Why Do We Offer Water in Buddhism religion ?
March 25, 2021
(Yonchap)Water Offerings in Tibetan Buddhism offering seven water bowls, is one of the most basic daily practices in Tibetan Buddhism.Offerings in general, are an antidote to greed and attachment, and can include charity, donations, and shrine offerings. Charity and selfless actions, a dedication to the welfare of others, help us release selfish attachment and is a bodhichitta practice. Offering to the Buddhas and Gurus first — usually in the morning before we eat — demonstrates our selfless dedication to our Bodhisattva vows and our teachers and deities.
To make water offerings
Your water offering bowls should be used only for your water offerings — not to use bowls from your kitchen that you also use for eating.
So Why Do We Offer Water?
For this reason, water, the most plentiful substance in most areas, is the chosen offering. It is pure, clean, plentiful — not requiring us to hurt others to give it — and it is symbolic of purity.
A primary purpose of any offering, along with honoring the Buddha and his teachings, is a pure motivation to cultivate generosity, and to reduce our selfishness, stinginess and greed.
We seek to give with an open, pure heart, with no attachment to what we are giving, and with no motivation of receiving something in return.
“The significance of offering seven water bowls is to create the cause to achieve the seven limbs, or aspects, or qualities of the Vajradhara state — enlightenment. But that does not mean that you cannot offer more, that offering more is some kind of interference!”
Water for Purity
Other practices emphasize just seven bowls of water, representing the absolute purity of the Buddhas. Buddhas and enlightened deities obviously do not need the offerings, whether food, incense or water. The act of offering is for our own benefit, to show we think of our Bodhisattva vows first, that we wish to overcome attachments to these very things we offer. Water, without which there can be no life, is symbolic of our attachments and greed.
Seven water bowls is the most basic, yet complete offering. Some practices place a butter lamp or candle between the third and fourth water bowls. Lamps and candles symbolize wisdom and the illumination of the Dharma that releases us from ignorance. For ceremonial purposes, or elaborate offerings, the bowls might actually be filled with an offering symbolic of the sensory object,
Basic Water Offering in the Morning
1. Seven clean bowls of any pleasing material, usually copper, brass or silver, but many use porcelain or glass.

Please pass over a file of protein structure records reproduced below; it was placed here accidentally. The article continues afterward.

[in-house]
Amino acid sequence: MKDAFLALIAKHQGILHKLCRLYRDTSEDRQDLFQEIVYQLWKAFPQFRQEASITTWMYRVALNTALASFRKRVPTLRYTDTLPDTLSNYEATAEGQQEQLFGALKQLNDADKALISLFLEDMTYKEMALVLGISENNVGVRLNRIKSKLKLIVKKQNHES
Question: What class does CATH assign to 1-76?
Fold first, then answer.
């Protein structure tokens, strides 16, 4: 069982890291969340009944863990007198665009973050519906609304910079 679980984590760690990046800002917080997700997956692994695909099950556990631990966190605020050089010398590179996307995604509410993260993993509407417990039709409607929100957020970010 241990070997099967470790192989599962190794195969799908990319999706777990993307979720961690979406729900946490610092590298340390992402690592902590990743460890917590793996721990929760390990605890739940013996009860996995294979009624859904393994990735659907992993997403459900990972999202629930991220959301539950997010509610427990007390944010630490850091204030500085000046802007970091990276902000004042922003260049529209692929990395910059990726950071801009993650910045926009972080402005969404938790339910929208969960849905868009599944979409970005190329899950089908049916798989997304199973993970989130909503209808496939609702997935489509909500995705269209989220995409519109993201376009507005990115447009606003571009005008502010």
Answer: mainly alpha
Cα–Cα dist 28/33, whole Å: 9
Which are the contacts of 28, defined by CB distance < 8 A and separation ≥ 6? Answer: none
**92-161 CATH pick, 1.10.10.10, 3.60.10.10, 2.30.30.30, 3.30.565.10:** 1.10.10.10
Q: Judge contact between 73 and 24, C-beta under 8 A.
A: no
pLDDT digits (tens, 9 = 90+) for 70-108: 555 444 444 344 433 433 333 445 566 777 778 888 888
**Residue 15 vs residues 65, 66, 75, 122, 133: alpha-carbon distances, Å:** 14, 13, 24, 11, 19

2. Fill a jug with clean water, usually mentally purifying the water as it is poured, often chanting the seed syllables of Buddhas body, speech and mind: OM AH HUM.
3. Do not place an empty bowl on the shrine. Clear a space lower than the objects of veneration, which might include statues of Buddhas and Bodhisattvas (body of Buddha), Sutras
(Speech of Buddha) or Stupas (Mind of Buddha). Fill the bowls one by one before placing on the altar.
4. Place from left to right, with only the space of one grain between each bowl. Continue chanting OM AH HUM or other purifying mantras and mentally visualize the water being purified or transformed into its essential nature of emptiness. Typically, mantras such as Om Mani Padme Hum, Om Ah Hung Vajra Guru Padma Sidhi hung, Om Muni Muni Maha Munaye Svaha or Om Tare Tuttare Ture Svaha would be chanted.
5. Make a dedication when all the bowls are filled.
The dedication is very important. A mechanically place offering, without virtuous intention or a dedication — even if the offerings were priceless jewels — would have no benefit. We try to genuinely dedicate the merit of the offerings to the elimination of suffering and its causes for all beings and to their cause for enlightenment.
This would typically be the all-important Seven Limbed Prayer, which takes many forms, but typically something like the seven lines (symbolic of the seven bowls):
1. prostrating, body, speech and mind
2.offerings to the Buddhas
3.confessing our wrongs
4.rejoicing in the good qualities of oneself and others
5.requesting the Buddhas to remain in this world
6.beseeching the Buddhas to teach others
7.dedicating the merit of ourselves and others
which has been accumulated throughout time,
Removing the Offerings
You can remove the bowls at the end of each day, any time before sunset, some do it the next morning when the new offerings are made.
Empty the bowls one by one, starting from the right this time, drying each one as you empty it with a clean cloth. When you are done, stack the bowls upside down and, offer the used water to your plants.
May water offerings help you to cultivate generosity and to be relieved of the pain of selfishness and greed!